One of the most difficult things for convicted felons on release from prison is finding a job.
But it's a step that is critical to their success.
The razor wire and bars at Moose Lake prison hold offenders charged with the entire spectrum of crimes.
But no matter how much time they've served transitioning to the real world is a challenge.
"It's been kind of difficult but I have a case manager that works with me. I'm just trying to better prepare myself"
After serving three years for robbery, James Wilson knows it won't be easy to make the transition into society. He's worked hard for this day, receiving his GED and planning to go to college.
Moose Lake Prison believes in second chances for people likes James and transition fairs like this one are an important part of making that second chance work.
Vendors from colleges, faith based organizations, and housing companies were also at the fair with the united goal of keeping the prisoners out from behind bars.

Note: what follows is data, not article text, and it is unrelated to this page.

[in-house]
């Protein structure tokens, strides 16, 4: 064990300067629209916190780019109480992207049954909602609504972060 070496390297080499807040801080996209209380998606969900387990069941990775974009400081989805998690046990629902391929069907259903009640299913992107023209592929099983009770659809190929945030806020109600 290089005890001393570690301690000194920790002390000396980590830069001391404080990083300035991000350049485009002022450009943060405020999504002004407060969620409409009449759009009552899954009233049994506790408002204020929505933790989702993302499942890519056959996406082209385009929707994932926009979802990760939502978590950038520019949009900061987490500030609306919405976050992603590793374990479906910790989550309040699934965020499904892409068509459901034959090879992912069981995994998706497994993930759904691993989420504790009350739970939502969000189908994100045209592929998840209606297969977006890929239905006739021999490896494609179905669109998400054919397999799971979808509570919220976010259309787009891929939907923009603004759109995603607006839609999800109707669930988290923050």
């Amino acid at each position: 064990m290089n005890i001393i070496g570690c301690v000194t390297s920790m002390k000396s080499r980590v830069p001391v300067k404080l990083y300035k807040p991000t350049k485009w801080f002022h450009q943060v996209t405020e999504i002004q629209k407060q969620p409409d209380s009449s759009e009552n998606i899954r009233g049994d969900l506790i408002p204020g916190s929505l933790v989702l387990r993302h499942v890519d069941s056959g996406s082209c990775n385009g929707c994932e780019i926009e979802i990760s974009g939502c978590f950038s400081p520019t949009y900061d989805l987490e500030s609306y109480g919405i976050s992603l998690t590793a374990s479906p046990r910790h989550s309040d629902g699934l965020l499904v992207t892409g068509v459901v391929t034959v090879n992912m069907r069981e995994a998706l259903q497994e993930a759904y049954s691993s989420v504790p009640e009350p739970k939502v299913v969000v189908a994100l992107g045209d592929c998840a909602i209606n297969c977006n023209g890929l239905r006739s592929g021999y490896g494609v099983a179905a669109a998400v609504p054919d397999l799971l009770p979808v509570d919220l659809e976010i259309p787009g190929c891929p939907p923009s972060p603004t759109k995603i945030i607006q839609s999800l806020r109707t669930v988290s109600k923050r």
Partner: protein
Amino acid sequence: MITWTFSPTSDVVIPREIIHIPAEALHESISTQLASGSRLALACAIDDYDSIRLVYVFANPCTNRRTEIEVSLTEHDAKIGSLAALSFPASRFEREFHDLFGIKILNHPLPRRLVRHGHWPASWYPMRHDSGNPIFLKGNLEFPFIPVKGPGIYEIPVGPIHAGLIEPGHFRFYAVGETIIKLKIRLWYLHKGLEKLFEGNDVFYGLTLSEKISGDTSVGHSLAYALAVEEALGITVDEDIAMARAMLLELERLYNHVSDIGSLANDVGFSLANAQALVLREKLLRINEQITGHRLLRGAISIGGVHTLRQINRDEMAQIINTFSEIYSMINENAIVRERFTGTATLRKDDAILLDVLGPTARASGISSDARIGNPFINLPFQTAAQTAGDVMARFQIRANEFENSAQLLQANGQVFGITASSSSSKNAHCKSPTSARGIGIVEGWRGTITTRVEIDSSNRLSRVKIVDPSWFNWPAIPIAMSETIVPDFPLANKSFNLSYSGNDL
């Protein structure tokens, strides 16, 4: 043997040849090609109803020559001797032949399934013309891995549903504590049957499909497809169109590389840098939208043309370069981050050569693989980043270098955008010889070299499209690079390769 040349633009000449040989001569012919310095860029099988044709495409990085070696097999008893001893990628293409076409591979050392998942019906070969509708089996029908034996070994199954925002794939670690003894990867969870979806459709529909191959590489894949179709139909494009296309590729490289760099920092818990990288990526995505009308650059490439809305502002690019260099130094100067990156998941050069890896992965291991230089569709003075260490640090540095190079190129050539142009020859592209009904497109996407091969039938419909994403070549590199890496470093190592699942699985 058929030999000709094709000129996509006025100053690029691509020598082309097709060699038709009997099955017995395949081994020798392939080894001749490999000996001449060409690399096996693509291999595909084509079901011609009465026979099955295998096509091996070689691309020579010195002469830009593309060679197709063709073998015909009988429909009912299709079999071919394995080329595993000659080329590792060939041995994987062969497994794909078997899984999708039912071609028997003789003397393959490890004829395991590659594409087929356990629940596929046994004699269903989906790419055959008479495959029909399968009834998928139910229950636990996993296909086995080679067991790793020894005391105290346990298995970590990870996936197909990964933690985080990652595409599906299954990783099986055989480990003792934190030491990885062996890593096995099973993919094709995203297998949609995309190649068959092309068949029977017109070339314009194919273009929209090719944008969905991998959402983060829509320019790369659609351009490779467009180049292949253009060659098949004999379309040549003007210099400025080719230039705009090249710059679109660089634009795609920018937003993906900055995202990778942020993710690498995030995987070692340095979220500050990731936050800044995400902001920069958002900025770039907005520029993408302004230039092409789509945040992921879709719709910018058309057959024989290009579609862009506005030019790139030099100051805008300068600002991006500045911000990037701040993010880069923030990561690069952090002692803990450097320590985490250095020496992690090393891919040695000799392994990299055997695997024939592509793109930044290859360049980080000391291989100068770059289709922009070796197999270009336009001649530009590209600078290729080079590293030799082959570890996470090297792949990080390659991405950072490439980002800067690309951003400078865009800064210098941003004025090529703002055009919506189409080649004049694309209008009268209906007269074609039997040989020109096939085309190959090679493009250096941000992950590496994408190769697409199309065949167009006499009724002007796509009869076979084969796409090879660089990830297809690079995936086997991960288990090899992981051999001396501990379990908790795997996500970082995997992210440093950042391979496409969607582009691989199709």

"It's huge for their success they wouldn't have contact with them if they didn't set this up for them, meet these people make those networking contacts and start preparing that release," says Transition Coordinator Heather Walczynsai.
It's not just getting a job or finding a home, it's developing new habits. That's a strong message from former prisoner Lyle Wildes.
"I say I spent 20 years growing up, twenty years messed up, twenty year locked up, better I never gave up and that's why I'm here standing in front of you"
Lyle has been out for three years and now is a motivational speaker helping inmates change the way they think.
Good habits bring good results.
James Wilson is on the short list for freedom. He says he's ready to take that step.
"If you go to prison everybody here is not a bad person. But for the people that do get a second chance, and a second chance isn't always given to you, so when you to get one just make the best of it, that's what I'm doing now"
According to prison officials, two out of three Moose Lake prison inmates who are released don't come back.
Minnesota offers a tax credit for "at risk employees" to employers who hire ex-prisoners.
Written for the web by: Zach Vavricka